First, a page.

By Seth Daniel
Two highly-anticipated high-end restaurant proposals got the thumbs up from the Zoning Board of Appeals on Wednesday night, April 13, for the Everett Avenue Urban Renewal District.
The first approval came for the well-established Fusion Foods, which has been in the downtown district for several years under the ownership of Melissa Vo.
Vo is planning to move the business to the small building near the railroad tracks on Everett Avenue, a building which has housed a florist for several years.
The ZBA voted 3-0 for the plan, and Vo said they planned to open in the coming months at the new location.
Second was the brand new venture from Chelsea resident Mark Nadow and Eastie native and chef Mike Sheridan – called Chelsea Station Restaurant. The restaurant concept would have a bar area and about a 120 seat restaurant at 105 Everett Ave. – which is a former bank, and before that, a former fire station.
“This is going to be the first of its kind here,” said Attorney John Dodge. “This is going to be an economic driver for the City. It’s going to be on par with the restaurants you might see on Newbury Street in Boston. It could be like a Stephanie’s on Newbury Street…It’s really going to be a new experience in Chelsea unlike anything we’ve seen in the past.”
The owners said they planned to accentuate the old firehouse aesthetic in their design, and have several features in the design that remind one of things in an old firehouse. They also plan to expose the original brick in the station, which is one of the few buildings to have survived the two great fires.
The restaurant will provide 17 parking spaces, but has ample spaces that can be used after 5 p.m. in the Simboli properties across the street. One hitch in the process was there wasn’t an official letter saying those could be used. The board did vote 3-0 for the proposal provided that a letter is submitted.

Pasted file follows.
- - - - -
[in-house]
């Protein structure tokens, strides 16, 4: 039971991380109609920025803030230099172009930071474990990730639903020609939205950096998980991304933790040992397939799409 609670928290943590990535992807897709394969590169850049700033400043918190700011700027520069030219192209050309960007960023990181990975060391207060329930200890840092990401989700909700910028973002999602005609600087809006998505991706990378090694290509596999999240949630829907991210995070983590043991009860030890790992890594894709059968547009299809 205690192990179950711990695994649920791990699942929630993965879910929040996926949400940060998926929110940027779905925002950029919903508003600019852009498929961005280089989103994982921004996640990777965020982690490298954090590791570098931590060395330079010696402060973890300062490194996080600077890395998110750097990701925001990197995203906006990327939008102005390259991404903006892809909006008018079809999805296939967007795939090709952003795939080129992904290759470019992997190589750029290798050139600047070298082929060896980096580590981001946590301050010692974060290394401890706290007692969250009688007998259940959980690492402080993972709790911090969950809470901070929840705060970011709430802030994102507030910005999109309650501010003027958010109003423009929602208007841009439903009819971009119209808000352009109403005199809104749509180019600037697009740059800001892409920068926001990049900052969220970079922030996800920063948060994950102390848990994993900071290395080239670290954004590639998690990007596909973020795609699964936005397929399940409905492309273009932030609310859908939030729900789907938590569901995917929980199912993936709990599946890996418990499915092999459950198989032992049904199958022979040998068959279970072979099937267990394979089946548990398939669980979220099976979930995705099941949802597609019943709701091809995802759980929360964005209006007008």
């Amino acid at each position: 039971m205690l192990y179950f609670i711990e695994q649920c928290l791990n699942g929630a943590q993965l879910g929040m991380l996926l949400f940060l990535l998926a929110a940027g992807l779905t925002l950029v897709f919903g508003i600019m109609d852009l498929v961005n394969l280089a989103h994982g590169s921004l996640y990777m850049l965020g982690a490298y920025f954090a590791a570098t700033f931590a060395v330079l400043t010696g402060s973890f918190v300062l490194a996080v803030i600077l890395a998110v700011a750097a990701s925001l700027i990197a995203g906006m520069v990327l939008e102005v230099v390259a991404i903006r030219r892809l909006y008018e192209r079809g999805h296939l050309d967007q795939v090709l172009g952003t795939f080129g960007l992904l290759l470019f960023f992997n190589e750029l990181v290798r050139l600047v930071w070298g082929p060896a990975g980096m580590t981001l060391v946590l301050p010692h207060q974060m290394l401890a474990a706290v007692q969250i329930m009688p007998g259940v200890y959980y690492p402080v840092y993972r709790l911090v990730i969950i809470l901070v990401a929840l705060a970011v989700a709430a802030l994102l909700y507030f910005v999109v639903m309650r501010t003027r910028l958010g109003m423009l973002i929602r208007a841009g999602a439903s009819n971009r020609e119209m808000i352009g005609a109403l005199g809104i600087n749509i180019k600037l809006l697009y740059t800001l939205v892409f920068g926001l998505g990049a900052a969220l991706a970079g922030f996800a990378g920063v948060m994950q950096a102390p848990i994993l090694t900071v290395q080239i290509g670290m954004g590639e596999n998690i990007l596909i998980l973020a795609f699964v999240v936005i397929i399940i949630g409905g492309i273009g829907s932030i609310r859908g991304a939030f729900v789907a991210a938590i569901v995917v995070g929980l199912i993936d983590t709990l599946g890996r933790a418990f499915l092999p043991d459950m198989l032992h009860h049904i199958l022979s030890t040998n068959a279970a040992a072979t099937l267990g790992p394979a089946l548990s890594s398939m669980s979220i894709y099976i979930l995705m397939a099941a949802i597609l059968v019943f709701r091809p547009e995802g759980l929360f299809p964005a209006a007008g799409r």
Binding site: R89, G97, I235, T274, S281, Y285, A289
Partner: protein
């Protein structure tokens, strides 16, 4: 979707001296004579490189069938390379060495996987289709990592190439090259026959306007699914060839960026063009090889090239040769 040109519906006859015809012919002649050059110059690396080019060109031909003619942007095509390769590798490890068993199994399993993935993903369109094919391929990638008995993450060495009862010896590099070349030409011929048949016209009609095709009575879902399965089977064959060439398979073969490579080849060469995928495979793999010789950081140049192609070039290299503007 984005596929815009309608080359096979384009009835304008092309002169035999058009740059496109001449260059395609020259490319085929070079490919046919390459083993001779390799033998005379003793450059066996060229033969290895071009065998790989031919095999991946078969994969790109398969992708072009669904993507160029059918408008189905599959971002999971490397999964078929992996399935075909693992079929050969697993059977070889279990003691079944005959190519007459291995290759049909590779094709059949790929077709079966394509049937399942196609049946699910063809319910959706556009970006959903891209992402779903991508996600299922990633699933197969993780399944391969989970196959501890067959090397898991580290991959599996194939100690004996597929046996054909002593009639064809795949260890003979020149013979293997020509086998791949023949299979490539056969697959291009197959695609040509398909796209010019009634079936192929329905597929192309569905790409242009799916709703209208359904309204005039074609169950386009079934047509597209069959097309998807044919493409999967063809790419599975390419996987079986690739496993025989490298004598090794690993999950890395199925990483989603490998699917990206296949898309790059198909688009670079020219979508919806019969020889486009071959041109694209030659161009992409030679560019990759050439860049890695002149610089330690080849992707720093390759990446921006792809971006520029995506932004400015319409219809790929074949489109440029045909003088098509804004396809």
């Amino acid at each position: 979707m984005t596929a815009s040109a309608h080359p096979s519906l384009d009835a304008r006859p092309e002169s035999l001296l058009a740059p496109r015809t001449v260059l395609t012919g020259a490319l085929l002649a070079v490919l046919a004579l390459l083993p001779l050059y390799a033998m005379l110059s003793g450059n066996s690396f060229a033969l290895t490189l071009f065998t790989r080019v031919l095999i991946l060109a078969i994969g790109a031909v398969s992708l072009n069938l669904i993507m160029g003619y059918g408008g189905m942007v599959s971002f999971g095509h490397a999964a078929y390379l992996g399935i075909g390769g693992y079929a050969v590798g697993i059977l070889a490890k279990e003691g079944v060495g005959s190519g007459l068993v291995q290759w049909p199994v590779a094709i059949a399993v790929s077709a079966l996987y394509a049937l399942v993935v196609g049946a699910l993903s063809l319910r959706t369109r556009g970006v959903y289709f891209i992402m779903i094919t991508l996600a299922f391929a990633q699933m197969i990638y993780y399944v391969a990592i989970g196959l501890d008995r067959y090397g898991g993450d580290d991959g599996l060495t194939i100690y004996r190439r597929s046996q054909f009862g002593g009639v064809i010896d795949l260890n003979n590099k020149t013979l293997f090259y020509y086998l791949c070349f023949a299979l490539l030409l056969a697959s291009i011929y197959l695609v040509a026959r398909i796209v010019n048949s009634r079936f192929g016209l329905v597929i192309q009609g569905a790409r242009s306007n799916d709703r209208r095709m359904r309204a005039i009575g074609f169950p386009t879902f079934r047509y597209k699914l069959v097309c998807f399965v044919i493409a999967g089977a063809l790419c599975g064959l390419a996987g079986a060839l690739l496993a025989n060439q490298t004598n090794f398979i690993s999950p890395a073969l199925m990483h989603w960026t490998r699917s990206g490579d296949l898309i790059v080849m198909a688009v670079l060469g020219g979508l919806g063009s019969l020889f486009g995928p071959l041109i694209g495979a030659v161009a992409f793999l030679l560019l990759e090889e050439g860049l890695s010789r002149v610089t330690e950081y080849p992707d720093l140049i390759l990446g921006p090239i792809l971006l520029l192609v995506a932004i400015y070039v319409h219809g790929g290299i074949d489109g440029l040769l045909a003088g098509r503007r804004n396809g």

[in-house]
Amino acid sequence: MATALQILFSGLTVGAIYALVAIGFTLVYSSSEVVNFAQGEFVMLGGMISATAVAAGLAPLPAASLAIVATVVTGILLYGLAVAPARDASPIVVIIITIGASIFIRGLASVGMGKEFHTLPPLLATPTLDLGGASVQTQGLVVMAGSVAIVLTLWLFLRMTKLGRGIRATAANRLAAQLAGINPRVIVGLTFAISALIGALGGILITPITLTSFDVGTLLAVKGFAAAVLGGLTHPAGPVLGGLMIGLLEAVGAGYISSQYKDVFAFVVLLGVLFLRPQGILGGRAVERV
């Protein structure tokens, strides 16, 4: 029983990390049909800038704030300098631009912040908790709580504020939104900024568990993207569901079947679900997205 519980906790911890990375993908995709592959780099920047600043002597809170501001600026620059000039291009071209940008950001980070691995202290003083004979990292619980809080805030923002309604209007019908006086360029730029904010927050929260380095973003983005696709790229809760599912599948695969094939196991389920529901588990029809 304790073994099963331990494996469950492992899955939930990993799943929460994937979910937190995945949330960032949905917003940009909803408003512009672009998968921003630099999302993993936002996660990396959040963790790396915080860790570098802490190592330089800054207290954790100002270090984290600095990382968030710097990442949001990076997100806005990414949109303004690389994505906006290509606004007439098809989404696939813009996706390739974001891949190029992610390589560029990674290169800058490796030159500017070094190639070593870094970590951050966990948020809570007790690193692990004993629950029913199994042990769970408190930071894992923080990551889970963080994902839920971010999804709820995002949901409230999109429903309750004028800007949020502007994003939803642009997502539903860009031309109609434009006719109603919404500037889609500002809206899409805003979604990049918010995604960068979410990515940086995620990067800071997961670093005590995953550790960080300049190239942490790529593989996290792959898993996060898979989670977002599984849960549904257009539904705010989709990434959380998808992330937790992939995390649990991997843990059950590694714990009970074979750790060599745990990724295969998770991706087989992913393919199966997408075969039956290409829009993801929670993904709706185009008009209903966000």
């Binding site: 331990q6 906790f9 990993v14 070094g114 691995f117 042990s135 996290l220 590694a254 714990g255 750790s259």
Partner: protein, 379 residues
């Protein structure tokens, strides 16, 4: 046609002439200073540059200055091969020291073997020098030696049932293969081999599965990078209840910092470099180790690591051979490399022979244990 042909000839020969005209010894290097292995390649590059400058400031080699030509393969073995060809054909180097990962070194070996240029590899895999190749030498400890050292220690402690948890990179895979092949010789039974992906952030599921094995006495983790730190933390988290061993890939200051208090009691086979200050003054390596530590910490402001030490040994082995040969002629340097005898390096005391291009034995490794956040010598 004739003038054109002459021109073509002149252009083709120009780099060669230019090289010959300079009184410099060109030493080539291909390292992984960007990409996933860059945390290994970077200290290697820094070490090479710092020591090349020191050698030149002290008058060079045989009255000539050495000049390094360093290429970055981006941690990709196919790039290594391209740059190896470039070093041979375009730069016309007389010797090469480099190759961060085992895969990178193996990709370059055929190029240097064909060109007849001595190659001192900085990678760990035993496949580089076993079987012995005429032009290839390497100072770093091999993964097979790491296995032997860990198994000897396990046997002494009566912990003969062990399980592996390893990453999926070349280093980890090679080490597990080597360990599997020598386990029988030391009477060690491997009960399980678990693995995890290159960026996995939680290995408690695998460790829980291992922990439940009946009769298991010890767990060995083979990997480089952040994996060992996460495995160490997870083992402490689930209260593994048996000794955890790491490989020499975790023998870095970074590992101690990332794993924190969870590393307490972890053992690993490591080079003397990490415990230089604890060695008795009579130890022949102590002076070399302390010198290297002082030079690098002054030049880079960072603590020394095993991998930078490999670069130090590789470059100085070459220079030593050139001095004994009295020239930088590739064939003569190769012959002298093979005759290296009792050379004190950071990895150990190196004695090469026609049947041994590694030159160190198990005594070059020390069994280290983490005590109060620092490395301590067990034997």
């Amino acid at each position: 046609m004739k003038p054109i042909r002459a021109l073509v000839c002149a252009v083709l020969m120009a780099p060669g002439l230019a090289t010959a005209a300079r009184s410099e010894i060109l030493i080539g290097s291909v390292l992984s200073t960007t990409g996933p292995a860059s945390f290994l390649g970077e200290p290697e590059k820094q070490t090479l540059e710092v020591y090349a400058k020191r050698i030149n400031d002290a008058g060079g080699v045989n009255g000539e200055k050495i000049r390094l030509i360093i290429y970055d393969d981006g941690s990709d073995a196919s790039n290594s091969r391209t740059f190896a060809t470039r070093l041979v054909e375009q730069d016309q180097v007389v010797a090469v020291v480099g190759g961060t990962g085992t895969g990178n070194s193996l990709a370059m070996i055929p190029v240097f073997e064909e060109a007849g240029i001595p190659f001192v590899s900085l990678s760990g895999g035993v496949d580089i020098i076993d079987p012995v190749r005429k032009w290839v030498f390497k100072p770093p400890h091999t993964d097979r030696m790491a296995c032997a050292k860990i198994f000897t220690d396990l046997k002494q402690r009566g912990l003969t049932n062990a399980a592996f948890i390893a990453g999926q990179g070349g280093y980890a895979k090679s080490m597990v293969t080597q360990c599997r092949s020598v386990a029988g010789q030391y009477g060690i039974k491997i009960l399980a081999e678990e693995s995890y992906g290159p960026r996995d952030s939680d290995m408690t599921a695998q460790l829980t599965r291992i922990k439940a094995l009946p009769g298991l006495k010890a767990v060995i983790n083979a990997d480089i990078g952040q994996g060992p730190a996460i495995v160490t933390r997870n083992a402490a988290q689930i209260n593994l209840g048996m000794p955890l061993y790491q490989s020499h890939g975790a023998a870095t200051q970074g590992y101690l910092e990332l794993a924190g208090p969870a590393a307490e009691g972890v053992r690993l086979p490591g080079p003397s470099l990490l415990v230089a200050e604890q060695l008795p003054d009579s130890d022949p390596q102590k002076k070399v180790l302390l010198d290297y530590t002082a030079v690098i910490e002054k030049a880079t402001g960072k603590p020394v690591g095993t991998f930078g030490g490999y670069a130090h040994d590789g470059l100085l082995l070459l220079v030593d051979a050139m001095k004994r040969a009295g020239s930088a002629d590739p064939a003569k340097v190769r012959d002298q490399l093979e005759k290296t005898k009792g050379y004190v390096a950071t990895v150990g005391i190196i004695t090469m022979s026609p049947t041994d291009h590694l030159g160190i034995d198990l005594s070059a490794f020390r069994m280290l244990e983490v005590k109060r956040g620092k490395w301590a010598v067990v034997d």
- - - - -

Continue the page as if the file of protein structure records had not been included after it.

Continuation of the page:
- Dave Peach of the Broadway Mini-Mall presented to the ZBA his plan for 15 units of housing above his building at 307 Broadway, also adding a fourth story to the old Masonic Building and Theatre. There are only four parking spots proposed, but the project is one in a spate of proposals that would seek to appeal to the non-car demographic. Peach and his attorney, Jay Duca, indicated they expected to have one-bedrooms at $1,100 and two-bedrooms at $1,500. The proposal moves to the Planning Board for review and will come back to the ZBA on May 12.
- City Councillor Roy Avellaneda appeared before the ZBA with his proposal to operate a coffee shop in Cary Square – a venture called Pan Y Cafe. The shop is currently the Chelsea City Cafe and Avellaneda would take it over from current owner, Chuck Finley.
“This will be a great project,” said Councillor Luis Tejada. “My whole life has been in that little area. It always seems to me it could be a little Davis Square…I think this will improve the area.”
- Another proposal by the owners of the commercial/residential building that houses Heller’s Liquors at 413 Broadway was less cut-and-dry. The owners proposed to make eight large units into 16 smaller units. ZBA members found several holes in the plan, including parking plans. The matter goes to the Planning Board and then back to the ZBA on May 12.
- David Therrien, 20 High St., got approval for a driveway.
- Alma Villanueva got permission to change the use at 84 Washington Ave. to open a grocery/meat market.
- TJL Series LLC (Dunkin Donuts) got permission to install projecting lights on their new signs at the 232 Everett Ave. store.